Save the Children

  www.savethechildren.org
  www.savethechildren.org
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Save the Children Reviews

55 Reviews
3.7
55 Reviews
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Save the Children President & CEO Carolyn S. Miles
Carolyn S. Miles
18 Ratings

Review Highlights

Pros
  • Good work/life balance if you are working in the developed country (in 4 reviews)

  • nice working environment, laid-back, well-respected organization (in 4 reviews)


Cons
  • Leadership is completely lacking, and individuals at a Director or VP level shun decision making (in 4 reviews)

  • Staff turnover in hardship posts are relatively high, so senior management at some field offices are not stable (in 4 reviews)

More Highlights

7 Employee Reviews Back to all reviews

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  1. 8 people found this helpful  

    Great Mission - Bad Career Move

    • Comp & Benefits
    • Work/Life Balance
    • Senior Management
    • Culture & Values
    • Career Opportunities
    Current Employee - Anonymous Employee  in  Westport, CT
    Current Employee - Anonymous Employee in Westport, CT

    I have been working at Save the Children full-time

    Pros

    A great mission and flexible work schedule. A lot of "Career training" available. If you need a flexible work schedule this is the place - for a while.

    Competitive salary for a non-profit.

    The underlying desire is there among most employees to really make a difference in the lives of children and tends to attract some very smart and interesting people.

    Cons

    Terrible Senior Management, No Career Movement, Participation in "Career Training Programs" ultimately leads to no career movement.

    Many of the Senior management tend to create an unnecessarily competitive environment which lead to a tense working situation. The struggle to be recognized among mid managers lead to an almost impossible environment for teamwork and ultimately very unprofessional behavior.

    To anyone who both wants to make a difference and is also career oriented, Save the Children is a mixed bag. Yes its a great mission. Unfortunately the organization is a career killer and most of the talent realize this after a few years and jump ship to other organizations. Senior management accountability is almost non existent.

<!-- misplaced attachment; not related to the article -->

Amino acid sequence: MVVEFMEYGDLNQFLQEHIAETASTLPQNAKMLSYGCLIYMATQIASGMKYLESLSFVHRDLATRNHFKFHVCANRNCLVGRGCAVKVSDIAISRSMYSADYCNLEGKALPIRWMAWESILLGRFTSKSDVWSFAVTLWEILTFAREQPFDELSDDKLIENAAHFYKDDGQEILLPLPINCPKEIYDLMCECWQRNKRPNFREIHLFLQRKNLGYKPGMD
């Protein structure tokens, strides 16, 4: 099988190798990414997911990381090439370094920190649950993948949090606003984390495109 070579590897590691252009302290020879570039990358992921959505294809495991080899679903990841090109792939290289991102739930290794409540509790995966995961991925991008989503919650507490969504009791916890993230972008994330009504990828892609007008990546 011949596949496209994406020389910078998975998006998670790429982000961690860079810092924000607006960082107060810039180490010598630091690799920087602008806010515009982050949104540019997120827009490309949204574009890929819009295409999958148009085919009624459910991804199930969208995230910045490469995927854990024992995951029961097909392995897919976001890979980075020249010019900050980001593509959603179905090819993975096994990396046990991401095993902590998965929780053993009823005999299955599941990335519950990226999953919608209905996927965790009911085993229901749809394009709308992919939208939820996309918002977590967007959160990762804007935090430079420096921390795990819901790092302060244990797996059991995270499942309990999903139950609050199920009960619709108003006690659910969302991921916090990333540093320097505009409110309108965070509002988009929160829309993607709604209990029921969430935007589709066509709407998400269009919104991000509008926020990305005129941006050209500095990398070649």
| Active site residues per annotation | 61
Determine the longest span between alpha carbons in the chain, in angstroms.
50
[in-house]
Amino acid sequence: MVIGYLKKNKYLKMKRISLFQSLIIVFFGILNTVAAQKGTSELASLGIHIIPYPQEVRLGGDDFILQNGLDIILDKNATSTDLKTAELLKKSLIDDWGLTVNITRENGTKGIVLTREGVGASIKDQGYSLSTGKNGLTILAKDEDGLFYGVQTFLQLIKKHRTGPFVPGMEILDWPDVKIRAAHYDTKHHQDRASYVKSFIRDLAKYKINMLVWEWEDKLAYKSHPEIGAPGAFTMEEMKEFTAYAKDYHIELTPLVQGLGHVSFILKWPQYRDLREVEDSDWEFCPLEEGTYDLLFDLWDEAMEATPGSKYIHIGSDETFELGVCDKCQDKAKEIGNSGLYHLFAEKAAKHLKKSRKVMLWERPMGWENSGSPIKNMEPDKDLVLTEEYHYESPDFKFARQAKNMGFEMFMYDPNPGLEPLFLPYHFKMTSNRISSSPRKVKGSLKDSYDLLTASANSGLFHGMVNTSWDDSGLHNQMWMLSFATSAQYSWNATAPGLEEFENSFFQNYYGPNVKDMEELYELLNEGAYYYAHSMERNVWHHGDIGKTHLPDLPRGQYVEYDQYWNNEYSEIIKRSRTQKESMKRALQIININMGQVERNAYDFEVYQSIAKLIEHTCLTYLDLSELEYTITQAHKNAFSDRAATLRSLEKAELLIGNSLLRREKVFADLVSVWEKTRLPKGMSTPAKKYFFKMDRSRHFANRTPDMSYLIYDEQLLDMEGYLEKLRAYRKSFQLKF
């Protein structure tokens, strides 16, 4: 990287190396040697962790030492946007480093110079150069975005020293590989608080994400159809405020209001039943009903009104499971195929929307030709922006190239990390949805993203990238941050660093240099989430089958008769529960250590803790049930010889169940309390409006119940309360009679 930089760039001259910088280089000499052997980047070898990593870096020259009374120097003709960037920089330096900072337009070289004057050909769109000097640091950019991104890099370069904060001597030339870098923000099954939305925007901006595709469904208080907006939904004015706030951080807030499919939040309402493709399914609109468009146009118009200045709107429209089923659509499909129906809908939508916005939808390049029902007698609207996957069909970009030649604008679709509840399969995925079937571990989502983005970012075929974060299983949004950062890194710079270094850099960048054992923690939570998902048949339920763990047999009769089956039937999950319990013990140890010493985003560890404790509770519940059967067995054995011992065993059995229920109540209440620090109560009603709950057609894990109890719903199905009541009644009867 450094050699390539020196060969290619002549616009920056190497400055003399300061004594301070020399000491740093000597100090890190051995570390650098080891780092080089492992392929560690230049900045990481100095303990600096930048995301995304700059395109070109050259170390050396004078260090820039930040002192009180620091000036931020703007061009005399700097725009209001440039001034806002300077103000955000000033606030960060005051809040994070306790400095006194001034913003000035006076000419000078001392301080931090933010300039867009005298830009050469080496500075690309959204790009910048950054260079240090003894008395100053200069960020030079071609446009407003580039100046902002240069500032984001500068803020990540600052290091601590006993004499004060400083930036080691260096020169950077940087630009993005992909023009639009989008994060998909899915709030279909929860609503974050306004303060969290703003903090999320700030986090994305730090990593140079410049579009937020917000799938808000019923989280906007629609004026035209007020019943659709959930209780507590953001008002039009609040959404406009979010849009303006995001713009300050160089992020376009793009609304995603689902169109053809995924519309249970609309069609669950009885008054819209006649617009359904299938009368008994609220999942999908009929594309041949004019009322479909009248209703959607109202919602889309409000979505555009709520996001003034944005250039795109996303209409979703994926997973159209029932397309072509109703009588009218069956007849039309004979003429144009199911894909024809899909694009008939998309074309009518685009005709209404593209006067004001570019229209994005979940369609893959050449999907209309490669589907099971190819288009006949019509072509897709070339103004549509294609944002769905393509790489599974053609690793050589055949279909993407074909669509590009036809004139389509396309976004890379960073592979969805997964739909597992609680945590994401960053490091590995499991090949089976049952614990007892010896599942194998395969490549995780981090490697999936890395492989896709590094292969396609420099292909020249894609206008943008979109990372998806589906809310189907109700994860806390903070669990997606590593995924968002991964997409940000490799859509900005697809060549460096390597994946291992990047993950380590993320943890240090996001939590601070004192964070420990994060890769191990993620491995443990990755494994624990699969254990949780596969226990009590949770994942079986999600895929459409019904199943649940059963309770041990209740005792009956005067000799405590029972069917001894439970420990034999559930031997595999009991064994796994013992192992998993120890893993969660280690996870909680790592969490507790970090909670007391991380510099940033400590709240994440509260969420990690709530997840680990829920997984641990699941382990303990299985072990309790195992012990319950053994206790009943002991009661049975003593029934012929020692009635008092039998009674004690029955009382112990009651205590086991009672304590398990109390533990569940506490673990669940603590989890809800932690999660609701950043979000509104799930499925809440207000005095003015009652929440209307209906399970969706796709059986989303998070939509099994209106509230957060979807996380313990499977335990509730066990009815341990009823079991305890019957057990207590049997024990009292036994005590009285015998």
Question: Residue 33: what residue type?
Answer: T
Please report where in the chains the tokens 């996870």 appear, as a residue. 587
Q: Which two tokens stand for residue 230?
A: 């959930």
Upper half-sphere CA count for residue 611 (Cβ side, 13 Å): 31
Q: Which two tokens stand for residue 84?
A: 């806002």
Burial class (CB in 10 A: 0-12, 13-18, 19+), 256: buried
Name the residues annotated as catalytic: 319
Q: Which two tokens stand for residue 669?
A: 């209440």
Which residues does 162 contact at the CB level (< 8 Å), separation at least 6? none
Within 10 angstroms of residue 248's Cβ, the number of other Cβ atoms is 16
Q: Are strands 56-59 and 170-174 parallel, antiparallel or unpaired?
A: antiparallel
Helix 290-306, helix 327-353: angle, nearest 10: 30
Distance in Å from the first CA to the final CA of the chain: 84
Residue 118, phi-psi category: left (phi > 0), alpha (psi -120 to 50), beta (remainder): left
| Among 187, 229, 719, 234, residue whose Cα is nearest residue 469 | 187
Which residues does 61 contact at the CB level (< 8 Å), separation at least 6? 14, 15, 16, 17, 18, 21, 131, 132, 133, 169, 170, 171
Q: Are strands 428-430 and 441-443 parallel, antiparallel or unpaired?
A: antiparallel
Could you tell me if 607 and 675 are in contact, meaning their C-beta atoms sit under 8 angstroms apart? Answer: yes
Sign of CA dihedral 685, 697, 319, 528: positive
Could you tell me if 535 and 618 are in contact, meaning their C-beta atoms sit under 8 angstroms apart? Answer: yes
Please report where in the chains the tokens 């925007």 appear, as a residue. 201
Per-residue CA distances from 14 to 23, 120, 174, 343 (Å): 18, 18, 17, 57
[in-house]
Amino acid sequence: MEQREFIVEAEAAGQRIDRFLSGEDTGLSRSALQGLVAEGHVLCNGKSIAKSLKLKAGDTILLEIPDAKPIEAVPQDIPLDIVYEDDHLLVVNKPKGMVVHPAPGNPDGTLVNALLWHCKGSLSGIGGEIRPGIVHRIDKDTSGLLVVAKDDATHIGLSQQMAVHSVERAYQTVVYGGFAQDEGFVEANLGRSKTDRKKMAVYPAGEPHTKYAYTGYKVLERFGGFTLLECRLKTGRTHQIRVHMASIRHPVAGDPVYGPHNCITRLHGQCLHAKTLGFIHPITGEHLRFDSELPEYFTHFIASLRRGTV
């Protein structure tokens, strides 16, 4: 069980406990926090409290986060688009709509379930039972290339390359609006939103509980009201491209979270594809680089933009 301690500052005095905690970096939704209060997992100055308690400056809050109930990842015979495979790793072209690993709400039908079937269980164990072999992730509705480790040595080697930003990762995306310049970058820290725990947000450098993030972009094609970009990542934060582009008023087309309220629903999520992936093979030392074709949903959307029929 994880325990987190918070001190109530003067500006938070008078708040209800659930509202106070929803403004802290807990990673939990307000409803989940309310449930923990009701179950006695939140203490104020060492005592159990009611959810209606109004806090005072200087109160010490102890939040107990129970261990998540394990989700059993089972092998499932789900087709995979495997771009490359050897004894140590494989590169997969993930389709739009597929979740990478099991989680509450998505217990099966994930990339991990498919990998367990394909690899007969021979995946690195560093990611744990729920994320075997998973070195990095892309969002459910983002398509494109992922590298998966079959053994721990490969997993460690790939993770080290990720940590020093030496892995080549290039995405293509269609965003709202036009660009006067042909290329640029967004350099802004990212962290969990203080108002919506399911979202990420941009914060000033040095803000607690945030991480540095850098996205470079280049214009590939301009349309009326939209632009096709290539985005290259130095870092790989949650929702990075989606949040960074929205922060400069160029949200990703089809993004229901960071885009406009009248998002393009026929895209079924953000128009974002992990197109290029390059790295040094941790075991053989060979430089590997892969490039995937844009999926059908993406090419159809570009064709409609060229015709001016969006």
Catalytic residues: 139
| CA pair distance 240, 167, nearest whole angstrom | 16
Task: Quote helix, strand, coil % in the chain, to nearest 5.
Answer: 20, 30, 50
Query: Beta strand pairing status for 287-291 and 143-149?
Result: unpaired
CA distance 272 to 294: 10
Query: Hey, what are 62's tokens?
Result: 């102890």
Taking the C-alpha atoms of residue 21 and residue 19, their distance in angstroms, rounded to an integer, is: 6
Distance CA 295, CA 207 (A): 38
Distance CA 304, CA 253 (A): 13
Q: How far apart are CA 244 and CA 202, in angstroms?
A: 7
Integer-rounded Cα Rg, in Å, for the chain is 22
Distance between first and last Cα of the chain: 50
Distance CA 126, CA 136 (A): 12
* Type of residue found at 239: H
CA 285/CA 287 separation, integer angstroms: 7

Advice to ManagementAdvice

    A lot of very talented employees, on ALL levels, leave due to lack of career movement and a feeling of being taken advantage of. Many resort to staying only for flexible work arrangements.

    As a non-profit you need to deliver on promises to dedicated employees and create REAL opportunities to grow and be challenged or you will continue to have good people jump ship at the first opportunity.

    Show appreciation for talent who are willing to dedicate there lives and careers to the mission and the mission will be a huge success. The cost of losing good employees is much more than the cost of keeping them.

    Suggestion - A real 360 degree evaluation program of senior management in which all employees under them are required to participate in. Senior management should be held publicly accountable to these 360s.

    Neutral Outlook
  2. 7 people found this helpful  

    The select few of upper management are very impressed with themselves

    • Comp & Benefits
    • Work/Life Balance
    • Senior Management
    • Culture & Values
    • Career Opportunities
    Current Employee - Program Associate  in  Westport, CT
    Current Employee - Program Associate in Westport, CT

    I have been working at Save the Children full-time for less than a year

    Pros

    A good mission, important work to be done

    Cons

    Very political and upper management protects their power base at all costs. Maintaining and enlarging their turf takes precedence over the mission or hiring/keeping talented people.

    Advice to ManagementAdvice

    Look to hire effective people rather ones that help the managers protect their turf.

    Doesn't Recommend
    Neutral Outlook
    Disapproves of CEO
  3. 6 people found this helpful  

    Mismanagement is endemic, employee development is not a priority, and creative, hardworking individuals are not valued.

    • Comp & Benefits
    • Work/Life Balance
    • Senior Management
    • Culture & Values
    • Career Opportunities
    Current Employee - Anonymous Employee  in  Washington, DC
    Current Employee - Anonymous Employee in Washington, DC

    I have been working at Save the Children full-time for more than 3 years

    Pros

    Pay is good for a nonprofit, the reputation (deserved or not) looks good on your resume, and the people who are not in management positions tend to be very bright, friendly, passionate and hardworking.

    Cons